No sooner were Christmas lists fulfilled, then there were those who may have started to compile another, perhaps shorter, list and check it twice. An inventory of ostensible resolutions one hopes to stick by in the coming months.
Nevertheless, that itemized record, made in the waning days of December when your thoughts may be fogged by alcohol-laced eggnog or stronger drink, is rarely followed or may lead to regret. More often than not, by the end of January, some or all of the entries may be overlooked or broken, and you start to hum the-sorry-I-made-‘em-when-I-never-stick-to-‘em Resolution Blues.
No matter how sincere and sober you were when making that year-end list of vows, it’s inevitably partially violated or ancient history. In fact, some resolutions are probably forgotten by the time the confetti dropped on Times Square streets, after the ball drops to ring in the New Year, is swept up. And it’s long gone by the time Punxsutawney Phil pokes his head out of the ground weeks later to forecast the rest of winter.
Making New Year’s resolutions is a recurrent ritual, coming on the heels of shopping for presents, gift giving and unwrapping, consuming a holiday meal, whether it’s a meat roast or pasta for Christians or Chinese food for those of the Jewish persuasion.
Resolutions usually don’t have religious undertones — after all, every denomination already has its own set of principles. All the same, resolutions may include an increased devotion to one’s faith.
After a brief Internet search, I discovered the origin of resolutions may have a religious link. At the start of each year, Babylonians made promises to their gods that they would return borrowed objects and pay their debts. The Romans began a new year by making promises to the god Janus, for whom the month of January is named.
Seems logical. New Year, new goals.
Procrastinators don’t pay too much attention to resolutions, since they have twelve months to contemplate achieving them.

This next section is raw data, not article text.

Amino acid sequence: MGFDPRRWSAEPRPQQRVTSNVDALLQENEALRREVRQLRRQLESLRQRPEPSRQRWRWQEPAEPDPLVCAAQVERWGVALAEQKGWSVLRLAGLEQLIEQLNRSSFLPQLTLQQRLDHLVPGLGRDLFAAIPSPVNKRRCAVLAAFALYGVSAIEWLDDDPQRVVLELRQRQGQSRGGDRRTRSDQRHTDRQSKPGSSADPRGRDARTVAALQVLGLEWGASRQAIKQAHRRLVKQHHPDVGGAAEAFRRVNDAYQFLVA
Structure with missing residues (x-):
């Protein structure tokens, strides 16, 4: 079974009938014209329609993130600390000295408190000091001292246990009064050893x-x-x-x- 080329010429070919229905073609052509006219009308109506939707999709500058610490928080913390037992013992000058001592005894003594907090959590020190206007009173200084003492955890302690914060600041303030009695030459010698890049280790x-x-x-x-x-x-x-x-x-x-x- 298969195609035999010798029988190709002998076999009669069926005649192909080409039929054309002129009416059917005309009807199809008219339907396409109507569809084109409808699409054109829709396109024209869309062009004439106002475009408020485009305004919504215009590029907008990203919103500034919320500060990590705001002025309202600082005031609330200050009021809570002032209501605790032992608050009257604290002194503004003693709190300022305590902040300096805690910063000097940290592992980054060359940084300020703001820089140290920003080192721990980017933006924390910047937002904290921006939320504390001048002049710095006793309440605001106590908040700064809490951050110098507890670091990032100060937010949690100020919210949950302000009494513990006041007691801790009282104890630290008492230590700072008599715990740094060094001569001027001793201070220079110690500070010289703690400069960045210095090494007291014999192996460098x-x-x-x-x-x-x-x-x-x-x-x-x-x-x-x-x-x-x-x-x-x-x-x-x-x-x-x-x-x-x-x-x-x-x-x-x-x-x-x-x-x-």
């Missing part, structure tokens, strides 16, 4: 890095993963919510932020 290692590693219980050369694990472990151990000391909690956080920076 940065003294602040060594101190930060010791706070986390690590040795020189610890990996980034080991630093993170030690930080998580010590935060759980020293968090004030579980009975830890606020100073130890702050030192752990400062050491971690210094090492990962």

Resolutions are often like political campaign promises — made with good intentions, like the paved road to hell — but they’re made to be retracted or, at least, revised. In other words, personal resolutions are made to be broken as often as most campaign pledges. (Does “no new taxes” come to mind?)
Essentially, resolutions generally focus on self-improvement. You know, go on a diet, exercise more, quit smoking, drink less alcohol or smoke less pot, reduce credit card debt, keep in touch more with relatives and friends. They may also cover completing home repairs that have been overlooked, finishing the novel you put away after reading the first 100 pages or, perhaps, begin that hobby that got sidetracked by more urgent responsibilities, like a career, marriage, children, divorce, second marriage, second career, etc., etc. Some may also be altruistic, like helping others or volunteering for worthy causes, which may be gratifying even to the surliest curmudgeon. (Does the name Ebenezer Scrooge ring a Christmas bell?)
When you think of it, resolutions are merely self-motivating gestures, that should be steadfast all year long, not just a timely pledge.
My intent is about year-end resolutions not cynicism. However, show me someone who adheres to a list of ten resolutions, and I’ll introduce you to twenty people who’ve never accomplished even one.
The only resolution I ever intend to make again is NOT to make resolutions. Well, almost. I resolve to continue writing columns in 2016, stay as active as my body allows, read more books and…There I go, caught in the ritual I just mocked.
Wishing loyal and occasional readers of this column and my blog, a happy and healthy New Year!